SI: You went there to work at Textron in 1977, and earlier in the decade the women's rights movement came into its own. Was there generally less resistance to the idea of women taking these kind of roles?
MP: Well, you know, it depended. I had two experiences in Providence. One was ... the eating clubs, ... women couldn't eat there. Then they would let women come in, but they had to go through the kitchen and the kitchen help didn't like all these women tramping through their kitchen. So, one day a woman from Drew, who is now head of the Rhode Island School of Design and one of the chief judges of the court, we arrived at the front door for a meeting at the same time. Okay, time to go in the front door and the three of us went in and that ended the segregation. You know, the old Yankee heritage if you know what you're doing, you're accepted a lot faster male or female, and the walls were coming down at the eating club. I could go to the main dining room now.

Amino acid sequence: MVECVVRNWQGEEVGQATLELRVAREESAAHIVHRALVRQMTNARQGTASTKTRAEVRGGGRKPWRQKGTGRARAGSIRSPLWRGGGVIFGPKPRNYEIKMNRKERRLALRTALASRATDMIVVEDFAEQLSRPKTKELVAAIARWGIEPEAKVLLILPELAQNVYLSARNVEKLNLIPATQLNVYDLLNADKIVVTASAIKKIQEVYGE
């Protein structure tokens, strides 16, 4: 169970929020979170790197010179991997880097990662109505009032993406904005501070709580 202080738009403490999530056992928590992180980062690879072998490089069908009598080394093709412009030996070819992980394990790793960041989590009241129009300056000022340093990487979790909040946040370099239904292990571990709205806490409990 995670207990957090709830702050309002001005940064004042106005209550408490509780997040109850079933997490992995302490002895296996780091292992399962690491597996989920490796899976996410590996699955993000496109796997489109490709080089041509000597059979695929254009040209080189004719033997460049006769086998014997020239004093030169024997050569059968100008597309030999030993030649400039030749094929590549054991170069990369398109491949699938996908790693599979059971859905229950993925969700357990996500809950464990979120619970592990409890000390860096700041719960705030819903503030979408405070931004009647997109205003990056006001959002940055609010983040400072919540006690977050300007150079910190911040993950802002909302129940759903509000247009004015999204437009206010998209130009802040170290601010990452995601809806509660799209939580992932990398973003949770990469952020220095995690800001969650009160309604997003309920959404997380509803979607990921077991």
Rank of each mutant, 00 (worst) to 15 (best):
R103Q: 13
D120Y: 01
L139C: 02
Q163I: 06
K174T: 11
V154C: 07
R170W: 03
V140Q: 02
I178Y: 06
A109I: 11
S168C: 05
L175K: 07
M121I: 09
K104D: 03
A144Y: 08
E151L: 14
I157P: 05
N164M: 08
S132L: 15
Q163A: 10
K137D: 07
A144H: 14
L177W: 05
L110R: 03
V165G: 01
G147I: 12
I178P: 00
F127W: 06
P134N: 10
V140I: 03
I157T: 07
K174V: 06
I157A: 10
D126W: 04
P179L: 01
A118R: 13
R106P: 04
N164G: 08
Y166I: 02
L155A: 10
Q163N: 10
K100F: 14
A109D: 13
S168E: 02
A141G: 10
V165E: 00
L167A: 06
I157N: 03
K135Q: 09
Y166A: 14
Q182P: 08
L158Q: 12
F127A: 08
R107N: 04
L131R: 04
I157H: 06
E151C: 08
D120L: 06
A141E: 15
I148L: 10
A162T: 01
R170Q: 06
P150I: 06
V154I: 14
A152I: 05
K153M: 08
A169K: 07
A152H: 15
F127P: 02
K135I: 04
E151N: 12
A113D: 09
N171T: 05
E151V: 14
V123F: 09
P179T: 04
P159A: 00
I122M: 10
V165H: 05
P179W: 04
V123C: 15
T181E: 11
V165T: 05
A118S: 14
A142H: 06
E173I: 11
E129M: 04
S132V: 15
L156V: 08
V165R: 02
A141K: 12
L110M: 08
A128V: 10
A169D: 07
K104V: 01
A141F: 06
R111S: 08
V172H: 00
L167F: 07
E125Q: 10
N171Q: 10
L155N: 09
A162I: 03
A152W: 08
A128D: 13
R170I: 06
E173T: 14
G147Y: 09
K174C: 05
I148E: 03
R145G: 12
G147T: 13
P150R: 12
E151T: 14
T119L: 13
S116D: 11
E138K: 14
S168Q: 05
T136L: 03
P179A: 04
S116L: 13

SI: During the time there, you worked on media aspects related to G. William Miller becoming the Treasury Secretary.
MP: First Federal Reserve [Chair], and then Treasury.
SI: Yes. What stands out as the challenges in doing that?